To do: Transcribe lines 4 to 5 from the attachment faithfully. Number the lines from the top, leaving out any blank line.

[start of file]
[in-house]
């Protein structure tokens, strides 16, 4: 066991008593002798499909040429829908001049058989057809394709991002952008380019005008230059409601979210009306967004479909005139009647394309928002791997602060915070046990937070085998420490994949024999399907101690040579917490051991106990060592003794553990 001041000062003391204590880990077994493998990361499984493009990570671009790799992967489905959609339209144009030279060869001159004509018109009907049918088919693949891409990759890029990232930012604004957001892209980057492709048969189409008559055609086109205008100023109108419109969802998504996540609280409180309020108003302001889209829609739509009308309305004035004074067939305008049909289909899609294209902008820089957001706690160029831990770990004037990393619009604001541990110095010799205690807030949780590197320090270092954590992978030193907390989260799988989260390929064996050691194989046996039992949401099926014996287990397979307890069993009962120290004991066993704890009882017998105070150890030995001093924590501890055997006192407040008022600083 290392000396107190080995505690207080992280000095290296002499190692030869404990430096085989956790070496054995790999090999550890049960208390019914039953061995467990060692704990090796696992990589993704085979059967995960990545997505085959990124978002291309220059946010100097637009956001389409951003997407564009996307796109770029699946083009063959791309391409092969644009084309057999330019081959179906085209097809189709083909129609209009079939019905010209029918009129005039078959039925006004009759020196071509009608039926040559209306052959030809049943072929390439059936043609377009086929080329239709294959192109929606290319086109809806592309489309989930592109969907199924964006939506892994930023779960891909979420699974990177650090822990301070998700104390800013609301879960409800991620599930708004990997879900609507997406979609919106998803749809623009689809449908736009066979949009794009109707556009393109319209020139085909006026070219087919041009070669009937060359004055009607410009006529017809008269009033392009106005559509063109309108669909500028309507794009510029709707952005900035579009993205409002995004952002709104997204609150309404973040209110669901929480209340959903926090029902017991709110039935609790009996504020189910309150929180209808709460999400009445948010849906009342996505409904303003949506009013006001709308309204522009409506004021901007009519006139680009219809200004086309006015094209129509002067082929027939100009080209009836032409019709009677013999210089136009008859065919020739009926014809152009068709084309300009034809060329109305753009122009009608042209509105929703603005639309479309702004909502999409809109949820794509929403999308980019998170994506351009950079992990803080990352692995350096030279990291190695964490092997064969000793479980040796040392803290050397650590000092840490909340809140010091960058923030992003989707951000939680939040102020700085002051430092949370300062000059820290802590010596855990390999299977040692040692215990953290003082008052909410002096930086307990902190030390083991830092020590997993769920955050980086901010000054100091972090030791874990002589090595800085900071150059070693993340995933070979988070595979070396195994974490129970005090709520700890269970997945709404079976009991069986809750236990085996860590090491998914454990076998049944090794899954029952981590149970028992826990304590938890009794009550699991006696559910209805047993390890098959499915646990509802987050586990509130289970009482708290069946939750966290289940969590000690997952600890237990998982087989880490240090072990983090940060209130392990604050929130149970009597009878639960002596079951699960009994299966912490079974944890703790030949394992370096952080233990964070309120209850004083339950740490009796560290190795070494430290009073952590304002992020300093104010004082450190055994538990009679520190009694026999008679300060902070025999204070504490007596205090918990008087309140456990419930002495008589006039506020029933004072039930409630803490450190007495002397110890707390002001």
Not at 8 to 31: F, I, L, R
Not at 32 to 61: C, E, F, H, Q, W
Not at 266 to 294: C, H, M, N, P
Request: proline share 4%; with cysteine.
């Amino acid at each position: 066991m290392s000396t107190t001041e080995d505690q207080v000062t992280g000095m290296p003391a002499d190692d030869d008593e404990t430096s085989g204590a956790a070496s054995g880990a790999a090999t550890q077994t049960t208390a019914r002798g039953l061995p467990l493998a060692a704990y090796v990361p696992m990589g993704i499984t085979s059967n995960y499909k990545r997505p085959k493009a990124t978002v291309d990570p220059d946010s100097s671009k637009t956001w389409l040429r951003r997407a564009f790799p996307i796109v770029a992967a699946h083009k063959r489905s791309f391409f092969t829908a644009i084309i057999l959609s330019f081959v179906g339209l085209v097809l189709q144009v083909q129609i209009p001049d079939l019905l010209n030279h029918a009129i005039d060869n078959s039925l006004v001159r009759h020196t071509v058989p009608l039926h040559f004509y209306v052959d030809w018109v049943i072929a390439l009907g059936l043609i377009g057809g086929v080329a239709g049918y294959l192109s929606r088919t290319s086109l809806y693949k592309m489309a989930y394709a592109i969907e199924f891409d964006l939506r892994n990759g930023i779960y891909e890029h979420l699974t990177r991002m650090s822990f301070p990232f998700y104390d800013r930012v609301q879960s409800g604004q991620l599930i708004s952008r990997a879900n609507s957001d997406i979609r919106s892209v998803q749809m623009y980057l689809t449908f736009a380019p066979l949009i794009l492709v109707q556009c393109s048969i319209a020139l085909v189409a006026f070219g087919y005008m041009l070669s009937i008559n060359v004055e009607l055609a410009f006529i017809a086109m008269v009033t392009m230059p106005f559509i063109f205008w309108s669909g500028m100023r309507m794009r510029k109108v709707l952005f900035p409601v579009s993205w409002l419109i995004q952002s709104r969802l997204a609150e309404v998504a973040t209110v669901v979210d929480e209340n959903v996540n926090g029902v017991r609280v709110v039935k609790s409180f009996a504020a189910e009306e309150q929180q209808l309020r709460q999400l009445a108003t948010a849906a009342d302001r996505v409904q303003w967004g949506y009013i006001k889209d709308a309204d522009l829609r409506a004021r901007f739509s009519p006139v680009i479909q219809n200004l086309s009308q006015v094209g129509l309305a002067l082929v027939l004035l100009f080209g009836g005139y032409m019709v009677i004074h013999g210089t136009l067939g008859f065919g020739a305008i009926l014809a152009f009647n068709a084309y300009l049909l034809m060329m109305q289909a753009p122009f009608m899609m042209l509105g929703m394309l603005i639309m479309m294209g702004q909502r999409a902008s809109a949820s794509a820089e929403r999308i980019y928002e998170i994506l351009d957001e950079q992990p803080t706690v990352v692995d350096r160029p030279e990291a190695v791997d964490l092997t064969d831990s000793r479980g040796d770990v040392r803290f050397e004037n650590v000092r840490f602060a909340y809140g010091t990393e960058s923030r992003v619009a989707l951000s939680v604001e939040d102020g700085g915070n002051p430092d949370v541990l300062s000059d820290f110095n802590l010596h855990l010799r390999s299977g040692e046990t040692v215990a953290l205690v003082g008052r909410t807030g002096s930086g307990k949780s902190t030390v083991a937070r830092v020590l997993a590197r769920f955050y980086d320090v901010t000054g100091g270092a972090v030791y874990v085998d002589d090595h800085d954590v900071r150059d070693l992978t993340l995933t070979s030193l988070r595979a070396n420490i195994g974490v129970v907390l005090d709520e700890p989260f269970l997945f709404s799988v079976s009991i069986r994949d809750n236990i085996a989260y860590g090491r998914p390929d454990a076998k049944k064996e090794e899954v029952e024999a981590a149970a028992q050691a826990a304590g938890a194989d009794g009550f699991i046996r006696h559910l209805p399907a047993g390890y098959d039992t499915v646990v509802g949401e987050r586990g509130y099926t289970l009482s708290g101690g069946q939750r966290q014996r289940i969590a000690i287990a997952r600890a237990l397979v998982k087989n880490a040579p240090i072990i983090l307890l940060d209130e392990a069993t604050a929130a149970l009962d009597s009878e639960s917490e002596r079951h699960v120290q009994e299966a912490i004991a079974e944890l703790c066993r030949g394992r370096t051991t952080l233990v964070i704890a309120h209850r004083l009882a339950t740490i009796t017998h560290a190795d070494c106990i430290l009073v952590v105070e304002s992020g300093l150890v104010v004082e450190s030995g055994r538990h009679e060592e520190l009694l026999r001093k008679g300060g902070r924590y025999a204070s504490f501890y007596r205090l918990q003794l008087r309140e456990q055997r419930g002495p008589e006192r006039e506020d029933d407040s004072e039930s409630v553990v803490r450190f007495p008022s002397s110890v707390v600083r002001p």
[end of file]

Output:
Not at 32 to 61: C, E, F, H, Q, W
Not at 266 to 294: C, H, M, N, P